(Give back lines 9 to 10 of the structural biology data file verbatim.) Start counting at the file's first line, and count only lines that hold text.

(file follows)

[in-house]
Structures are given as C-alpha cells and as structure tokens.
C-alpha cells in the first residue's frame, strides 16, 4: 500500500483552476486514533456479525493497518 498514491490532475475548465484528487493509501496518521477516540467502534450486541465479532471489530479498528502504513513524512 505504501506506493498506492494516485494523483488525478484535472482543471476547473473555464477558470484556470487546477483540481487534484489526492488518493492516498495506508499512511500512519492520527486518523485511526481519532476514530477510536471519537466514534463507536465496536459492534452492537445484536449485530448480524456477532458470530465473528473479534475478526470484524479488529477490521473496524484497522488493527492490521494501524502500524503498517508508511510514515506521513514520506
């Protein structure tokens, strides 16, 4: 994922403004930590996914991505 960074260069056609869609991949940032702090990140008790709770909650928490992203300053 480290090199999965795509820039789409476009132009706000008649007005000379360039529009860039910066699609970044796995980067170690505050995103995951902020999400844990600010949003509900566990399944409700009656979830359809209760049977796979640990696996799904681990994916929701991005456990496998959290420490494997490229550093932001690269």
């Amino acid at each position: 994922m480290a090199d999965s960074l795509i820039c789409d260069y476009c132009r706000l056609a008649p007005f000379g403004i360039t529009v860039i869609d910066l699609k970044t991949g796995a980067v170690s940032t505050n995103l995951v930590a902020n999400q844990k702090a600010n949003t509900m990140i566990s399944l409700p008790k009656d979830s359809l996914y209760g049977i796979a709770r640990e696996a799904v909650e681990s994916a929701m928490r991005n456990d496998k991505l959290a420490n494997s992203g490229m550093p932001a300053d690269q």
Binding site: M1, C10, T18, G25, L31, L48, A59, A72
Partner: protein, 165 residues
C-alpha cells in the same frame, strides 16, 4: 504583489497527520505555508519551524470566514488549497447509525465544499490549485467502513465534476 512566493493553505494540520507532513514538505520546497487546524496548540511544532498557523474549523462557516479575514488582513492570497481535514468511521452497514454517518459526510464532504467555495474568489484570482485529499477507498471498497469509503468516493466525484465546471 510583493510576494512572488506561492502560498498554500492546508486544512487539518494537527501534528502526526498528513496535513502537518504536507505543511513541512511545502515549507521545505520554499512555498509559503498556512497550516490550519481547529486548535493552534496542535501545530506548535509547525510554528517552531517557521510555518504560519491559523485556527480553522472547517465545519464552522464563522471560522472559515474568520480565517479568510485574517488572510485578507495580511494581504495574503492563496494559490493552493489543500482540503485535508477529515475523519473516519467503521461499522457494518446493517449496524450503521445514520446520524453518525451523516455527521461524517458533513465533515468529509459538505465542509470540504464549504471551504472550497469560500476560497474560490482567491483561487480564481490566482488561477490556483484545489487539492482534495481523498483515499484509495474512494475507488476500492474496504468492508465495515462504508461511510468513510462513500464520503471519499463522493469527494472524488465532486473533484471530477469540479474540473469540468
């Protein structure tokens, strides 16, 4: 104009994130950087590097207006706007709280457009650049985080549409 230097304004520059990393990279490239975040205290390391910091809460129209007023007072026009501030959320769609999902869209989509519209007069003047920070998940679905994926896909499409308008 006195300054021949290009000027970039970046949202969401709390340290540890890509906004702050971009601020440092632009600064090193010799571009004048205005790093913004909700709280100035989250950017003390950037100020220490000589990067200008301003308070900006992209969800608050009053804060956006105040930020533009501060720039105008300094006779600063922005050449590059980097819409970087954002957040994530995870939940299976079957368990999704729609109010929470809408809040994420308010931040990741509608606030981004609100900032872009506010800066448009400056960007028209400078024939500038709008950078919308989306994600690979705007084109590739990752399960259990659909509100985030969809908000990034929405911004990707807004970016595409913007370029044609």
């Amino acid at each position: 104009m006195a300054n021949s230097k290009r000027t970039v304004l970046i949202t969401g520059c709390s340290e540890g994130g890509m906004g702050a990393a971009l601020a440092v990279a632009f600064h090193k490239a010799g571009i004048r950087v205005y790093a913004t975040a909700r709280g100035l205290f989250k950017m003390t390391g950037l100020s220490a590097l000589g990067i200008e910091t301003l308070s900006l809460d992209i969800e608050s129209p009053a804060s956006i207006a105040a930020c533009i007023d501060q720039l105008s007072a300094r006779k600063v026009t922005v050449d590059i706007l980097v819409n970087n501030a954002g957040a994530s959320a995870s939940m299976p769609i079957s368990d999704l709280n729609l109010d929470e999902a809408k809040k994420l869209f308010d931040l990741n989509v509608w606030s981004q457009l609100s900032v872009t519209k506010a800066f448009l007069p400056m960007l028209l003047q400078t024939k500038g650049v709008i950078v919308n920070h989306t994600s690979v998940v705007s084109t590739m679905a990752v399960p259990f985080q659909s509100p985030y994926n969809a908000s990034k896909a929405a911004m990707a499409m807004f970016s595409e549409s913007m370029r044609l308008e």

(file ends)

């Protein structure tokens, strides 16, 4: 104009994130950087590097207006706007709280457009650049985080549409 230097304004520059990393990279490239975040205290390391910091809460129209007023007072026009501030959320769609999902869209989509519209007069003047920070998940679905994926896909499409308008 006195300054021949290009000027970039970046949202969401709390340290540890890509906004702050971009601020440092632009600064090193010799571009004048205005790093913004909700709280100035989250950017003390950037100020220490000589990067200008301003308070900006992209969800608050009053804060956006105040930020533009501060720039105008300094006779600063922005050449590059980097819409970087954002957040994530995870939940299976079957368990999704729609109010929470809408809040994420308010931040990741509608606030981004609100900032872009506010800066448009400056960007028209400078024939500038709008950078919308989306994600690979705007084109590739990752399960259990659909509100985030969809908000990034929405911004990707807004970016595409913007370029044609």
């Amino acid at each position: 104009m006195a300054n021949s230097k290009r000027t970039v304004l970046i949202t969401g520059c709390s340290e540890g994130g890509m906004g702050a990393a971009l601020a440092v990279a632009f600064h090193k490239a010799g571009i004048r950087v205005y790093a913004t975040a909700r709280g100035l205290f989250k950017m003390t390391g950037l100020s220490a590097l000589g990067i200008e910091t301003l308070s900006l809460d992209i969800e608050s129209p009053a804060s956006i207006a105040a930020c533009i007023d501060q720039l105008s007072a300094r006779k600063v026009t922005v050449d590059i706007l980097v819409n970087n501030a954002g957040a994530s959320a995870s939940m299976p769609i079957s368990d999704l709280n729609l109010d929470e999902a809408k809040k994420l869209f308010d931040l990741n989509v509608w606030s981004q457009l609100s900032v872009t519209k506010a800066f448009l007069p400056m960007l028209l003047q400078t024939k500038g650049v709008i950078v919308n920070h989306t994600s690979v998940v705007s084109t590739m679905a990752v399960p259990f985080q659909s509100p985030y994926n969809a908000s990034k896909a929405a911004m990707a499409m807004f970016s595409e549409s913007m370029r044609l308008e």